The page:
Filing with the VA for veterans’ disability benefits is usually a time-consuming process. Sometimes years can go by from the time of initial filing to when your case is settled. It may include requests for additional information, denial of benefits, appeals, and another review before you are granted a disability rating. Because the process can be quite cumbersome, time-consuming, and stressful, especially for a person struggling with a disability, veterans get the best and fastest resolution of their claims with the help of an experienced VA attorney.
Once you’re granted disability, you will begin to receive monthly installments. But what about all the time you waited? Fortunately, the award is retroactive and you will receive a lump sum of benefits when your benefits are awarded. This back pay is dated from the time of your original filing. For example, if you received a disability rating of 50% three years after you initially filed your claim, you will receive a lump sum of three years worth of disability payments at a 50% level.
Exceptions to the Filing Start Date
There are a few limited situations in which your effective start date is different from your initial file date. If you initially filed for disability but did not complete the process within 365 days, that filing expires and you will have to start over. The filing that you complete on time will be the start date, not the filing that expired.
If you apply for disability before or within 365 days of leaving military service with an honorable discharge and you have medical proof of the disability prior to filing, your effective start date may be earlier than your file date. For instance, if you left the service in December 2020 and filed for disability in January 2021, but you were medically diagnosed with a service-related disability in September 2020 (while still serving), your effective date will be September 2020, not January 2021.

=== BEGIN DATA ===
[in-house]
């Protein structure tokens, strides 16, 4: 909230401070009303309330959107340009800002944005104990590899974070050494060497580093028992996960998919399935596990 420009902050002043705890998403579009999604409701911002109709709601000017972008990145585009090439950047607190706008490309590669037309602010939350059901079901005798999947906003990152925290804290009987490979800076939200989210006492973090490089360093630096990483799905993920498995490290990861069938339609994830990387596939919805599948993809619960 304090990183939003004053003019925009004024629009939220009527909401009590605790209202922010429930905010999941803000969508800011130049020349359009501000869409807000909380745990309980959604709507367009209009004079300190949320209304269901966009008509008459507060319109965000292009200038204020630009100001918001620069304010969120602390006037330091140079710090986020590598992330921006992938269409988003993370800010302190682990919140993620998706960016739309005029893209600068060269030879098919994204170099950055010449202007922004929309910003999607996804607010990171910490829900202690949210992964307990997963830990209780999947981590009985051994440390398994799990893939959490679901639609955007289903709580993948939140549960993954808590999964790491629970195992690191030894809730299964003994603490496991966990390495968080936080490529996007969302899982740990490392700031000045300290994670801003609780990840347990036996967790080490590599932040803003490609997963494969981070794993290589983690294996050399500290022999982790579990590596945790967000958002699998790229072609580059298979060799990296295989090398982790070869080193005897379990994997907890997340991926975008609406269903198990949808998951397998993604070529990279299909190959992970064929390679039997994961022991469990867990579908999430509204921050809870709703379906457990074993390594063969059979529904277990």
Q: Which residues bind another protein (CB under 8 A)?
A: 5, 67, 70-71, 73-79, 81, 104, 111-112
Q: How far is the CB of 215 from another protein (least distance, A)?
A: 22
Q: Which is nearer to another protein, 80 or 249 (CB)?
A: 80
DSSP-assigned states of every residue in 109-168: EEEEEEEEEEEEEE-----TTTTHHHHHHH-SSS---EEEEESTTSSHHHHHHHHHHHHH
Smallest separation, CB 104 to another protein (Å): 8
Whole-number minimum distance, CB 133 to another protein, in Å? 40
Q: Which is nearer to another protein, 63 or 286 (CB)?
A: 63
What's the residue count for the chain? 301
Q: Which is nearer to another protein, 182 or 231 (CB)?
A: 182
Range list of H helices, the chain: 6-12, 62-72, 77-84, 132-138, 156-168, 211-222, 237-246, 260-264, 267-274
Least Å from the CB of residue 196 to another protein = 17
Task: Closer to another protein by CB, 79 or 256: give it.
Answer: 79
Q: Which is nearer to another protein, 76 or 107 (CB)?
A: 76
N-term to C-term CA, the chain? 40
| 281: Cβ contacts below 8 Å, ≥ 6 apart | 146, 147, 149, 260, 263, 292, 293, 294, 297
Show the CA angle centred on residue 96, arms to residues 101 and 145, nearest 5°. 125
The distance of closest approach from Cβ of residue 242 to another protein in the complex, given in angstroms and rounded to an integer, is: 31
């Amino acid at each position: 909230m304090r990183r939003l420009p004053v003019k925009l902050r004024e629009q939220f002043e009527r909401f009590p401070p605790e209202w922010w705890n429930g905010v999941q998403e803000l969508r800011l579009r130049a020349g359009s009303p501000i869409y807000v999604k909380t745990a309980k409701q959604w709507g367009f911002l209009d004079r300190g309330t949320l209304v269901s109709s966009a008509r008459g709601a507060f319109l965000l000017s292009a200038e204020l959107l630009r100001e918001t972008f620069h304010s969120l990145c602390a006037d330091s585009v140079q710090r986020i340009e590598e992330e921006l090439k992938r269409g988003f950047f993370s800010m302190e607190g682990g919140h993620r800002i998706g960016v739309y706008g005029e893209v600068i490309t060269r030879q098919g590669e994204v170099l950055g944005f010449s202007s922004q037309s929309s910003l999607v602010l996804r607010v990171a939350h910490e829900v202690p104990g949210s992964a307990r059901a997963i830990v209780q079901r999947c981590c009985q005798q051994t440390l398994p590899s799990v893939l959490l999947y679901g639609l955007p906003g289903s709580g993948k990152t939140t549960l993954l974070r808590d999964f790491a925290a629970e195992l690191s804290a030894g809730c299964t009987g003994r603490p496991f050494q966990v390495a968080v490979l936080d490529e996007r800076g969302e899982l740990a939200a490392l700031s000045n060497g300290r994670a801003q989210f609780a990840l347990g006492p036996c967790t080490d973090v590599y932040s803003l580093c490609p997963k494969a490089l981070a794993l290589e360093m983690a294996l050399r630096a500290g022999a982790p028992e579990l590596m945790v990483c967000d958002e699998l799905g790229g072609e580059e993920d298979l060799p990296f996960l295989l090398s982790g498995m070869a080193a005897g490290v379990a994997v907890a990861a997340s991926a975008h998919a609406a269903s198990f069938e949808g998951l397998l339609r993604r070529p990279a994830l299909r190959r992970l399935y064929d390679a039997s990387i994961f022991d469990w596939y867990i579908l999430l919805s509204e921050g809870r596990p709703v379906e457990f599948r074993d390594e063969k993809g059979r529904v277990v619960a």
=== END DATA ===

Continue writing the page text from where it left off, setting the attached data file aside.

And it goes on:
Adjusting Back Pay
Sometimes adjustments need to be made to back pay, for instance, if your condition worsens – or improves – while you are waiting. This is called staged ratings. They are complicated and sometimes need to be appealed for a more favorable ruling.
If, for instance, you file for disability for a back injury in 2013 and your medical examination at the time would have awarded a 20% rating, but by the time you were awarded benefits you received another medical examination indicating your condition has worsened and you are now at a 50% rating, you could receive back pay for a portion of the time at 20%, then at 50% from the time that the medical examination indicated a worsened condition. If during this time you were also hospitalized for your back pain for at least 21 days, such as for an operation and recovery, you would receive 100% disability for the period of time you were hospitalized.
Any cost of living adjustments that took place from the time you filed your claim to the time you’re awarded benefits also should be factored into your back pay.
Getting What You Deserve
Retroactive payments can be quite substantial since years often go by between the filing and the award of benefits. Back pay adjustments can further complicate the process. It is unfortunate that a disabled veteran has to fight so long and hard to receive compensation for injuries sustained while defending our country.
Being disabled veterans ourselves and having gone through the process, we are committed to making sure your progress through the VA is as quick as possible. We will leave no stone unturned to make sure your back pay is maximized. Contact us at Robert B. Goss, the Veterans Attorney, from anywhere in the world at 877-425-4VET (4838). We are here to help our U.S. military veterans receive the benefits they deserve.